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Schubert: Symphony No 9; Stravinsky: Rite Of Spring / Mehta

Release Date: 10/30/2001 
Label:  Orfeo D'or Catalog #: 566012   Spars Code: n/a 
Composer:  Franz SchubertIgor Stravinsky
Conductor:  Zubin Mehta
Orchestra/Ensemble:  Vienna Philharmonic Orchestra
Number of Discs: 2 
Recorded in: Stereo 
Low Stock: Currently 3 or fewer in stock. Usually ships in 24 hours, unless stock becomes depleted.  

Notes and Editorial Reviews

What a magnificent tribute to a great orchestra (and consistently underrated conductor) this two-disc set represents! A program consisting of two large orchestral works, one of which is The Rite of Spring, challenges any ensemble. Solti and Chicago made a famous mess of Stravinsky's masterpiece at a Carnegie Hall concert in the late 1980s, the first half of which consisted of Strauss' Ein Heldenleben. Schubert's Ninth isn't any less taxing, in its way, though perhaps surprisingly Mehta's and the VPO's triumph is as complete in the Stravinsky as it is in the Schubert.

Looking at the VPO's discography in these two works reveals an interesting fact: its previous recording of The Rite,
Read more under Maazel, also was very good, while the orchestra hasn't really offered a first-rate Schubert Ninth since its outing with Kertesz in the early '60s. Most of its subsequent recordings, including Solti's, Muti's, and especially Gardiner's, have been pretty mediocre (while the most "Viennese" sounding of all, Krips on Decca, was actually made with the London Symphony). Mehta, on the other hand, recorded an excellent Ninth with the Israel Philharmonic for Decca, and has given us three top-notch Rites, one with Los Angeles (Decca) and two with New York (Sony and Teldec). So the combination of conductor, orchestra, and this repertoire actually makes good musical sense.

This particular Salzburg Festival concert, taped on August 21, 1985, opens with an incredible account of the Schubert. The forthright, very mezzo-forte opening horn call and swift tempo set the stage for a first movement characterized by shapely phrasing, muscular rhythms, and pungent accents (listen to the winds in the second subject). The Andante con moto, also swiftly paced, operates at an unbelievably high level of tension. Fabulously expressive solo winds in the first theme and warm strings in the second lead inexorably to a central cataclysm of epic proportions--but it's all resolutely in tempo, never vulgar (trombones cut through the texture clearly but totally without coarseness), and a remarkable testimony to Mehta's understanding of the movement's architecture. The snappy scherzo benefits from far more precise ensemble than this orchestra often musters, while Mehta sustains the finale's momentum with effortless grace, aptly saving the rhetorical emphasis for the coda's four-note orchestral fist pounding--a brilliantly realized example of the "sublime grotesque" in music.

The Rite also makes a terrific impression. Mehta understands, as did Maazel, that you simply can't expect this orchestra to execute some of the more dazzling brass and percussion effects with the same precision and commanding presence as, say, an American ensemble will. But within its characteristic "sound" the VPO plays the pants off the piece, with only a few tiny, totally insignificant slips along the way. Highlights include the very deliberate tempo that makes "Spring Rounds" compellingly evocative; the impressive orchestral clarity of "The Procession of the Sage" with its doleful Wagner tubas (as in his last New York recording, Mehta wisely has the tam-tam struck with a metal beater to clarify the polyrythmic texture); and a hugely exciting conclusion to Part One (okay, it's not absolutely, perfectly together).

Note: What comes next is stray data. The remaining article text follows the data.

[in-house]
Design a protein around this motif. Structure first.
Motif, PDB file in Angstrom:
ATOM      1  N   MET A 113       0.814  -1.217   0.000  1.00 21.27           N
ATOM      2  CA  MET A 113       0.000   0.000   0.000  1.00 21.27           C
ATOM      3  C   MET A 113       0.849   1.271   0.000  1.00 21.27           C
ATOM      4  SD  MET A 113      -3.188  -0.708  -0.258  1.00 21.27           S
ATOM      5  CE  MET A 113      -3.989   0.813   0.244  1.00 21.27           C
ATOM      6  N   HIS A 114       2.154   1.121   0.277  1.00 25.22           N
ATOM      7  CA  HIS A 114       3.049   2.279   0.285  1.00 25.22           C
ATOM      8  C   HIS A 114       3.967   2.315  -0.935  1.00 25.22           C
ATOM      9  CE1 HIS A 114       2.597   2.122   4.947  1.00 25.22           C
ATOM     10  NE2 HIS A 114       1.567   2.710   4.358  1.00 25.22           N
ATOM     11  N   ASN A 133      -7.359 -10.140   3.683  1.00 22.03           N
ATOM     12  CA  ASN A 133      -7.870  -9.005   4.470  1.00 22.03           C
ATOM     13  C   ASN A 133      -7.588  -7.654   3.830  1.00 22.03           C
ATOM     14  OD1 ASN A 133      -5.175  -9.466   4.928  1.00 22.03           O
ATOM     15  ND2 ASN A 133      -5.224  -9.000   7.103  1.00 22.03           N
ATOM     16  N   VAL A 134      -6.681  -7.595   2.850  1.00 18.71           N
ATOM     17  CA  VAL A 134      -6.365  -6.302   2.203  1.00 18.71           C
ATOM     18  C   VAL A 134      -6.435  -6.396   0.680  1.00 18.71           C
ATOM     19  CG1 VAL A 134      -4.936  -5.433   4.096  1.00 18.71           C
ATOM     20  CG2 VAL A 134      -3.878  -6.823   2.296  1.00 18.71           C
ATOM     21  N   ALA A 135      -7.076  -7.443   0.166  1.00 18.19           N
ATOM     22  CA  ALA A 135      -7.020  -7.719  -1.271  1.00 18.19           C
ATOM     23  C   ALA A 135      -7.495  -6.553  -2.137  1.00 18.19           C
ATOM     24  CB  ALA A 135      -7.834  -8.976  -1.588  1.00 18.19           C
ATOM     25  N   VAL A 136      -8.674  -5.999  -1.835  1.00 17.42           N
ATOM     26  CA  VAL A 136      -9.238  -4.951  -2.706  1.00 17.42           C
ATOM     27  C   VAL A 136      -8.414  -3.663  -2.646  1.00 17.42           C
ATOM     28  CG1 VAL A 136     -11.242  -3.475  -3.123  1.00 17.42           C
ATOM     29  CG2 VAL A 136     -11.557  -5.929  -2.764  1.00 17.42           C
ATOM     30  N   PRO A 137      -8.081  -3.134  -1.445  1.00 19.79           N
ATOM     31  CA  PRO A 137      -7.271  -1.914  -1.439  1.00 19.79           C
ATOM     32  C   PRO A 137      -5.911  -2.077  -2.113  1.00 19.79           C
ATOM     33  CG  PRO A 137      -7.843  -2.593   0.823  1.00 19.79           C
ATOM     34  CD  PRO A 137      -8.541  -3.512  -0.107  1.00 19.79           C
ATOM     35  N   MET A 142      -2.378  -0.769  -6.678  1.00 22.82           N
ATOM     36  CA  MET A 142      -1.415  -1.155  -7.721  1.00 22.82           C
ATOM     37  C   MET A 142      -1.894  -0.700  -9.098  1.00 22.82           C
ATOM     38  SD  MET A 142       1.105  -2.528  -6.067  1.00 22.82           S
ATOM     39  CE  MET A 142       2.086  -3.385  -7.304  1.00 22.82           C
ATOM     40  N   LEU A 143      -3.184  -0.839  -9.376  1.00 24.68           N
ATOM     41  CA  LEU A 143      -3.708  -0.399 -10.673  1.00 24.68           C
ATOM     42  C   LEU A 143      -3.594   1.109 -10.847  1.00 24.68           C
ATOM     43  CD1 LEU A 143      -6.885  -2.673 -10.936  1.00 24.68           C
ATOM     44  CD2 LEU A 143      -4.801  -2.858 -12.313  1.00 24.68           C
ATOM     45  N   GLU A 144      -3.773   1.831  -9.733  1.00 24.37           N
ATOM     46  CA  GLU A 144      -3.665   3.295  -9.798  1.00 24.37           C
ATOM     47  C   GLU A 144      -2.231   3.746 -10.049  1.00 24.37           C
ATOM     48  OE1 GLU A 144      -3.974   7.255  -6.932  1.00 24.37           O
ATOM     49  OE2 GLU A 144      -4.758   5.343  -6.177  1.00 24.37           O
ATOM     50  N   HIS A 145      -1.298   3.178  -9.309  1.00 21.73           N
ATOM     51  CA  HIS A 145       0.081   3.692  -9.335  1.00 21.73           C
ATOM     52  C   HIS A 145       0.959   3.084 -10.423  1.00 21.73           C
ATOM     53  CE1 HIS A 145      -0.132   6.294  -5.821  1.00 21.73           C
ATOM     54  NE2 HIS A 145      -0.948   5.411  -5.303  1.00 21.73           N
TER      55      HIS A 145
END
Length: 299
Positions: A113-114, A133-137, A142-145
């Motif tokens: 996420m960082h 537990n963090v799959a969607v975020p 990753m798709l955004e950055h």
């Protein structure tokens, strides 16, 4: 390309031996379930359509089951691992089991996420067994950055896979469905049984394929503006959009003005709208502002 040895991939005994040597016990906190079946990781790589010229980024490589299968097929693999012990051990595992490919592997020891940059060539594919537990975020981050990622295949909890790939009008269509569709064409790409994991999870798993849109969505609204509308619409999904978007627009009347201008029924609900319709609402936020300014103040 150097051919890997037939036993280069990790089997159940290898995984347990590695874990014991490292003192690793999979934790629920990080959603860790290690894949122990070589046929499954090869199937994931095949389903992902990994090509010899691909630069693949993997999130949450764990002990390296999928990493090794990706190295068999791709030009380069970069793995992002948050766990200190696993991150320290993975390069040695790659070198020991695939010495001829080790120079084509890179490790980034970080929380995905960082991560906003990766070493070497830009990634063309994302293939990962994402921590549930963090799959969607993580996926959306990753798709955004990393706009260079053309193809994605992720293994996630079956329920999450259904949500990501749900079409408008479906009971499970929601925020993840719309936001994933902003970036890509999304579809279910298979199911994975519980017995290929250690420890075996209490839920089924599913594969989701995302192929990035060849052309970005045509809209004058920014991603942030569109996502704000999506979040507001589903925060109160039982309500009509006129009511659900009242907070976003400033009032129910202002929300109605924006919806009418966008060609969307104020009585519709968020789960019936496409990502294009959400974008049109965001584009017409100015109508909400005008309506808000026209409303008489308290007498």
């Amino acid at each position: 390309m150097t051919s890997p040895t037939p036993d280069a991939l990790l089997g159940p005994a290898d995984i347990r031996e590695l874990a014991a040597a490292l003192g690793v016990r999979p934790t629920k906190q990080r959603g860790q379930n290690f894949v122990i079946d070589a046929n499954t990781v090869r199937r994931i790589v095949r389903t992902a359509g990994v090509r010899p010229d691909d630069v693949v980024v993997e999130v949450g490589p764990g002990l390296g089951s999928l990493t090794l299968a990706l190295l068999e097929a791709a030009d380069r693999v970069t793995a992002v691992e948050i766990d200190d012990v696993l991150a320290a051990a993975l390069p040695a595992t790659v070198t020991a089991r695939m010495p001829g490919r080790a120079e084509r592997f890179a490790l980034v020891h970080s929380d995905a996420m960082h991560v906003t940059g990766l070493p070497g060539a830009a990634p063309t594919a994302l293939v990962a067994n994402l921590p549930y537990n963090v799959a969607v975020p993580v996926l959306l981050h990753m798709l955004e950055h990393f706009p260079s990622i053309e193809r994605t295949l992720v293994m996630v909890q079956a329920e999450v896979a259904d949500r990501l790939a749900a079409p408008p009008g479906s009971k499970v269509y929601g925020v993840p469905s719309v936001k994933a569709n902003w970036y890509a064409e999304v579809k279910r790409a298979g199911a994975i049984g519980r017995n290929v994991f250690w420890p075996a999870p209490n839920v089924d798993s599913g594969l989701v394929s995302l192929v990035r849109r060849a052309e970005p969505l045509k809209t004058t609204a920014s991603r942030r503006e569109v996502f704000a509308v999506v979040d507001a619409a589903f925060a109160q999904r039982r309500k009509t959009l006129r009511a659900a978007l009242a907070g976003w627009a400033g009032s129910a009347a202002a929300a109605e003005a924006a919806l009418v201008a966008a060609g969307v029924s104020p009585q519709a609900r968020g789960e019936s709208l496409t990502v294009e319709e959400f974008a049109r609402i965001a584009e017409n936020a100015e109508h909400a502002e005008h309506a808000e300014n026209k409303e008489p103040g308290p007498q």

The quiet introduction to Part Two features some gorgeous chamber music textures from the VPO strings and culminates in a thrillingly fast and exciting final dance that increases in tension right up to the final bar. Mehta also clearly understands that quicker is safer when you can't count on the metrical precision of, say, Boulez and Cleveland (Sony)--and my, how the Viennese abandon themselves to the spirit of the moment! Coming at the end of a very long day, their freshness and savagery at the conclusion of the piece really sets the seal on an amazing achievement, and as a live recording of The Rite this blows away the disgraceful recent Gergiev/Kirov effort on Philips.

The engineers of Austrian Radio have captured this event in the clearest, cleanest, most natural sound imaginable, with everything ideally balanced in an up-front perspective. There's a fair amount of audience noise at the beginning of both works, but this isn't too bothersome. In the Schubert's slow movement, the silence gives the impression that the audience is holding its breath, spellbound. And so will you. For the best effect, listen to the whole concert at one sitting and treat yourself to a genuine musical event. [Editor's Note: Qualiton is asking full price for this set, or approximately $35, but it's a twofer in Europe, where it goes for about 17 Euros, or approximately $15, depending on your source.] [11/20/2001]

--David Hurwitz, ClassicsToday.com
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Works on This Recording

Symphony no 9 in C major, D 944 "Great" by Franz Schubert
Conductor:  Zubin Mehta
Orchestra/Ensemble:  Vienna Philharmonic Orchestra
Period: Romantic 
Written: ?1825-28; Vienna, Austria 
Date of Recording: 08/21/1985 
Venue:  Live  Salzburg Festival, Salzburg, Austria 
Le sacre du printemps by Igor Stravinsky
Conductor:  Zubin Mehta
Orchestra/Ensemble:  Vienna Philharmonic Orchestra
Period: 20th Century 
Written: 1911-1913 
Date of Recording: 08/21/1985 
Venue:  Live  Salzburg Festival, Salzburg, Austria 
Notes: Composition written: Switzerland (1911 - 1913).
Composition revised: USA (1943). 

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